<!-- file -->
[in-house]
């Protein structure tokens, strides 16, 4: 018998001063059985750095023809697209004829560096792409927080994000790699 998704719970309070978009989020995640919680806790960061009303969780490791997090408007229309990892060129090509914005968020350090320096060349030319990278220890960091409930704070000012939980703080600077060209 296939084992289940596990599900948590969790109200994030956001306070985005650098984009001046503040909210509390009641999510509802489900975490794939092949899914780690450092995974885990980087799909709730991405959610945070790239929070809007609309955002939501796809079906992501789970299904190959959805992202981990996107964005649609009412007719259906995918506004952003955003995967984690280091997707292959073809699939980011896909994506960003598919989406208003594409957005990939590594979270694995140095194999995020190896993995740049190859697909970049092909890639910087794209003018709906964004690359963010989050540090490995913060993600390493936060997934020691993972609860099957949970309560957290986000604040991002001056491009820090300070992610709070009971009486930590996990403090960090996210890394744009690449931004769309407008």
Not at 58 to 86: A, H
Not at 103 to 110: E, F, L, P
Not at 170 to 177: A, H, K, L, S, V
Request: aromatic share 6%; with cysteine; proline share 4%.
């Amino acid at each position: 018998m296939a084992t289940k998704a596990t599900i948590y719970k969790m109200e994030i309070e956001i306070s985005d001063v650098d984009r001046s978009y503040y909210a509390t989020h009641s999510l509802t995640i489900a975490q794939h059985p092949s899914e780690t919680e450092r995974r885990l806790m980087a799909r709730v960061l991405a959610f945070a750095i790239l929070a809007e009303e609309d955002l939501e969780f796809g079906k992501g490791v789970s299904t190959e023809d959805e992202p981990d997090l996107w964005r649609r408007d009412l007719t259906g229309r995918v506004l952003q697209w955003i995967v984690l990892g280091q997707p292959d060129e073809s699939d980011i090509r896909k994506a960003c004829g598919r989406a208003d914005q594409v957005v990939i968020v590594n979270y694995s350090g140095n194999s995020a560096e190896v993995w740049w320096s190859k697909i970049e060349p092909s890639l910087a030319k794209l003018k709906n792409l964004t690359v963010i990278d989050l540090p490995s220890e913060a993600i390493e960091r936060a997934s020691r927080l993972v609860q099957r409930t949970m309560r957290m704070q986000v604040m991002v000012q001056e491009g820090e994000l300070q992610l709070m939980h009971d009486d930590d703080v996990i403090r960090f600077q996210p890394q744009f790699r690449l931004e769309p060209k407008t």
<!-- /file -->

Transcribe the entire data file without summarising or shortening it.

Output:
[in-house]
């Protein structure tokens, strides 16, 4: 018998001063059985750095023809697209004829560096792409927080994000790699 998704719970309070978009989020995640919680806790960061009303969780490791997090408007229309990892060129090509914005968020350090320096060349030319990278220890960091409930704070000012939980703080600077060209 296939084992289940596990599900948590969790109200994030956001306070985005650098984009001046503040909210509390009641999510509802489900975490794939092949899914780690450092995974885990980087799909709730991405959610945070790239929070809007609309955002939501796809079906992501789970299904190959959805992202981990996107964005649609009412007719259906995918506004952003955003995967984690280091997707292959073809699939980011896909994506960003598919989406208003594409957005990939590594979270694995140095194999995020190896993995740049190859697909970049092909890639910087794209003018709906964004690359963010989050540090490995913060993600390493936060997934020691993972609860099957949970309560957290986000604040991002001056491009820090300070992610709070009971009486930590996990403090960090996210890394744009690449931004769309407008």
Not at 58 to 86: A, H
Not at 103 to 110: E, F, L, P
Not at 170 to 177: A, H, K, L, S, V
Request: aromatic share 6%; with cysteine; proline share 4%.
């Amino acid at each position: 018998m296939a084992t289940k998704a596990t599900i948590y719970k969790m109200e994030i309070e956001i306070s985005d001063v650098d984009r001046s978009y503040y909210a509390t989020h009641s999510l509802t995640i489900a975490q794939h059985p092949s899914e780690t919680e450092r995974r885990l806790m980087a799909r709730v960061l991405a959610f945070a750095i790239l929070a809007e009303e609309d955002l939501e969780f796809g079906k992501g490791v789970s299904t190959e023809d959805e992202p981990d997090l996107w964005r649609r408007d009412l007719t259906g229309r995918v506004l952003q697209w955003i995967v984690l990892g280091q997707p292959d060129e073809s699939d980011i090509r896909k994506a960003c004829g598919r989406a208003d914005q594409v957005v990939i968020v590594n979270y694995s350090g140095n194999s995020a560096e190896v993995w740049w320096s190859k697909i970049e060349p092909s890639l910087a030319k794209l003018k709906n792409l964004t690359v963010i990278d989050l540090p490995s220890e913060a993600i390493e960091r936060a997934s020691r927080l993972v609860q099957r409930t949970m309560r957290m704070q986000v604040m991002v000012q001056e491009g820090e994000l300070q992610l709070m939980h009971d009486d930590d703080v996990i403090r960090f600077q996210p890394q744009f790699r690449l931004e769309p060209k407008t």